By Rich Kane
By Joel Beers
By LP Hastings
By Dave Barton
By Patrice Wirth Marsters
By Erin DeWitt
By Taylor Hamby
By LP Hastings
People who say they don't let their children watch TV lie. Their pants are on fire. If they truly never turn on the tube, ever, how will their children talk about The Sopranos around the water cooler? Plus, they may deprive their little darlings of learning opportunities geared toward developing their cognitive abilities!And the smug dumbasses miss out on a tool to reinforce hours spent teaching ABCs and 123s and possibly a second language! You don't want to have to do that yourself, do you? And if so, are you willing to wear a rainbow wig while you do?
Ever since PBS revolutionized children's programming with Bert and Ernie and Big Bird, other networks have followed—with a nice shove from the FCC, since in 1990 Congress passed the Children's Television Act, requiring kids' programs to teach something. The success of such post-legislation programs as Barney & Friends spawned an entire new generation of touchy-feely educational programs and with it jobs for smarty-pants psychologists at Nickelodeon, Disney and PBS. Today's television programming for young children—like Nickelodeon's Dora the Explorer—is manipulated by myriad Ph.D.s driven by studies showing interaction with characters like the feisty little Latina helps improve problem-solving skills. The programs' writers, producers and researchers study bar graphs and endure rigorous sessions with preschool-age children to make sure the programs teach something.
They still have critics, of course. Unless parents work to "integrate" these shows into their "children's lives" in a "positive way," their kids may not be much better off than a coyote with a stick of dynamite in its ass. Many believe the allure of television—or "kid crack"—is so strong that moderation is impossible and stops children from participating in brain-enhancing free play.
In 1999, the American Academy of Pediatrics began discouraging television watching completely for children under two. Wha???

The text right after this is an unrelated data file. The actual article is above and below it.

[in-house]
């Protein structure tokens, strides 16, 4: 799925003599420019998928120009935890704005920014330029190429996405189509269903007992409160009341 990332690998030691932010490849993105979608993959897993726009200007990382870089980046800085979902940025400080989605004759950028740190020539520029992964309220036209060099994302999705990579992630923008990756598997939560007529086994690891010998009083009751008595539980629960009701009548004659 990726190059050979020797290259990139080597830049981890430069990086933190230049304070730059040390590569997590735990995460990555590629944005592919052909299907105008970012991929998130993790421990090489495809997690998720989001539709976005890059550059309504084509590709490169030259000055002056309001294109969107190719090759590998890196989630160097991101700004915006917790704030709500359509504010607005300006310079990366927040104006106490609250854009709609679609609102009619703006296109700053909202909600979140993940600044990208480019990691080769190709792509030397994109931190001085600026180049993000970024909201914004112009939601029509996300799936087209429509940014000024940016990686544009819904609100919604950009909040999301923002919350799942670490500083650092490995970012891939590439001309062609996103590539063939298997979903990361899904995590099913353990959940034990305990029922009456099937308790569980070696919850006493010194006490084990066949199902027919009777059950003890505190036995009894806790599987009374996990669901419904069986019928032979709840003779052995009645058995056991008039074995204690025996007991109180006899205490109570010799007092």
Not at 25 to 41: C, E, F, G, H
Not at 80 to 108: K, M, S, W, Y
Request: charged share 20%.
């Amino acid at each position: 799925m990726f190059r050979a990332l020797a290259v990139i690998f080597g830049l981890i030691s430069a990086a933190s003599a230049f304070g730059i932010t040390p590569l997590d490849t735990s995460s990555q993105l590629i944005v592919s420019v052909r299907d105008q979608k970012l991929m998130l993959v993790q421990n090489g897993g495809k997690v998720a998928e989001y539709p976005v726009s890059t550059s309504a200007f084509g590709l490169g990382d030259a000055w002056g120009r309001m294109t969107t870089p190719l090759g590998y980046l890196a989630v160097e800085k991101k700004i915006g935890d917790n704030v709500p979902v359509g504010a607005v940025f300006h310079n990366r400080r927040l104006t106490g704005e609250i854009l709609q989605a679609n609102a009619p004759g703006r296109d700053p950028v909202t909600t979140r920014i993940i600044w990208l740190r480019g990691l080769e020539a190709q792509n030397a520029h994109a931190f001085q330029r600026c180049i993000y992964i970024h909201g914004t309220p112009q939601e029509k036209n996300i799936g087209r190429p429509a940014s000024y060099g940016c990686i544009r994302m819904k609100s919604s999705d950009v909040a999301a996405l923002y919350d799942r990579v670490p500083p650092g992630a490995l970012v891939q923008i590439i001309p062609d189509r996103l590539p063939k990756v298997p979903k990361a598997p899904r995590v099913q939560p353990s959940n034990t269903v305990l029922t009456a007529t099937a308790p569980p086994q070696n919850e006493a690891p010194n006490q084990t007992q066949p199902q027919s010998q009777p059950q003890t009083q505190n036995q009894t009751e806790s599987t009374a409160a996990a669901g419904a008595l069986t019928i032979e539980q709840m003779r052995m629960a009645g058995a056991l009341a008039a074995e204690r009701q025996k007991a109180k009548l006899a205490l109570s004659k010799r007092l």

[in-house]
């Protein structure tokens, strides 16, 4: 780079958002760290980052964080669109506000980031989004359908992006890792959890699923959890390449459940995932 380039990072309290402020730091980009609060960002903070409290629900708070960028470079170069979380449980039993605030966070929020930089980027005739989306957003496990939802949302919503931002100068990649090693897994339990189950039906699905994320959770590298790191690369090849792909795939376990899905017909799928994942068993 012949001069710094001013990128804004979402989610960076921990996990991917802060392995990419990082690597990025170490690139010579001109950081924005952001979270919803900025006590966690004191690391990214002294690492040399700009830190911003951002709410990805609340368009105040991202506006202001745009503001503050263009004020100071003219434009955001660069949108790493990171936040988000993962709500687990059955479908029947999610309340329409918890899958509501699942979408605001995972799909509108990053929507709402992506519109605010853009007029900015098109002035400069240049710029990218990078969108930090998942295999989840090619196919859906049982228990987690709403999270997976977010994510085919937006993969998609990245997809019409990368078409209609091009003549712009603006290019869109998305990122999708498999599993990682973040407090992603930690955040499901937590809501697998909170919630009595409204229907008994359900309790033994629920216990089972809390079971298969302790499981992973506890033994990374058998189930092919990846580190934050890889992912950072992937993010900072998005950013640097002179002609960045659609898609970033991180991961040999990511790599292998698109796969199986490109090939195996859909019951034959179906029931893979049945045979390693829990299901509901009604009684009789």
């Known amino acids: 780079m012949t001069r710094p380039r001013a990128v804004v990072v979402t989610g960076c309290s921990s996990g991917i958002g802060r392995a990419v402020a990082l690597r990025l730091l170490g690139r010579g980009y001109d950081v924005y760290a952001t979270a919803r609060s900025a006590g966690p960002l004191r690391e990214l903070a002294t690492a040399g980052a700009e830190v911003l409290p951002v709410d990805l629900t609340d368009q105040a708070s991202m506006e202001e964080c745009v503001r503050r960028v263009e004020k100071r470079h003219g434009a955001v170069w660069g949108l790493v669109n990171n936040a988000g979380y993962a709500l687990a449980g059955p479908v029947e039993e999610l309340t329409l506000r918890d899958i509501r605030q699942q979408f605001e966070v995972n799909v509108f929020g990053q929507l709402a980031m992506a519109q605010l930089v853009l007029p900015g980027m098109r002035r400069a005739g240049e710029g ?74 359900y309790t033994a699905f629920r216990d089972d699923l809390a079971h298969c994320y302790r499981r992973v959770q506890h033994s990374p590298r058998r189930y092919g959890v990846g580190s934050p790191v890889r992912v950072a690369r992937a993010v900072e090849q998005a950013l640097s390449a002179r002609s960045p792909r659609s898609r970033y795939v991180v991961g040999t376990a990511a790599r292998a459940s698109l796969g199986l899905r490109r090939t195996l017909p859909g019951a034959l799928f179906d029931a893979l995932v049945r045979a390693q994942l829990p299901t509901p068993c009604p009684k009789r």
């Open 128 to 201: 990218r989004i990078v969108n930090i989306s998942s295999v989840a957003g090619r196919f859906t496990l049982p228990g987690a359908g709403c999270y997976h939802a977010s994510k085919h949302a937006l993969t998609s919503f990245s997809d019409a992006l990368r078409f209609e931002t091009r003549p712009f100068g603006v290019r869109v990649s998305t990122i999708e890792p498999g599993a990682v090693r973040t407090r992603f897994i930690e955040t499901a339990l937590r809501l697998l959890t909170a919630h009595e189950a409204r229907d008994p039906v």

Without parents stepping in to switch off sets, they say, toddlers just may watch Dora until their eyes bleed and fall onto the floor. Kids love the stuff regardless of the fact they're learning valuable lessons. What do toddlers love even more? Opportunities to see the characters live onstage, like Dora's upcoming production, Dora the Explorer Live!—Search for the City of Lost Toysat the Orange County Performing Arts Center June 23-27! Dora comes to life played by actress Luzma Ortiz with puppets, marionettes and walk-abouts portraying her amigos.
Dora is a seven-year-old Latina girl who speaks Spanish and sets off on adventures with map in hand through an imaginative tropical world, presumably South America, navigating across beaches and through rainforests. According to a Newsweek interview with the show's research director, Dr. Christine Ricci, something as simple as a map helps children's spatial skills. The show encourages children to yell back at the screen and perform physical movements like rowing a boat or jumping up and down.
Dora is determined, optimistic, smart and ready to lend a hand. Her world has no contras, no United Fruit Co., and no Medellin drug cartel, just friendly bilingual animals who help teach Spanish words and phrases, characters ranging from Boots the Talking Monkey to Tico the Squirrel and a mischievous fox, Swiper, who cries, "Awwww, maaaan" when he is inevitably defeated.
Sometimes the characters make mistakes, but they always bounce back, like Boots who celebrates his rebound with triple flips. Triple flips! Boots follows Dora's instructions and calls out answers to her questions after the prolonged pause allowing young viewers to figure out their own.
My little moppet watches Dora and Blue and the Wiggles, too. I watch the programs with her, and we play along. We sing and dance and jump up and down, learn that jacket in Spanish is chaqueta, and solve more problems before breakfast than most people do all day. And I never plop her down by herself in front of the television, at least for more than four or six hours at a time. Then we go to the store! And sometimes we draw a map to get to the store!
The map's a lie.
We are going to turn the TV off, though, and head to the theater to see Dora live. She's already smiling.Dora the Explorer Live!—Search for the Lost Toys at the Orange County Performing Arts Center, Segerstrom Hall, 600 Town Center Dr., Costa Mesa, (714) 740-7878 or (213) 365-3500; www.ocpac.org. Starts Wed. Wed., 7 p.m.; Thurs., 10:30 a.m. & 7 p.m.; Fri., 7 p.m.; Sat., 11 a.m., 2 & 5 p.m.; Sun., 11 a.m. & 2 p.m. Through June 27. $17-$30; Dora also appears at the Santa Ana Zoo, 1801 E. Chestnut Ave., Santa Ana, (714) 836-4000. Wed., 1:30 p.m. $3-$5.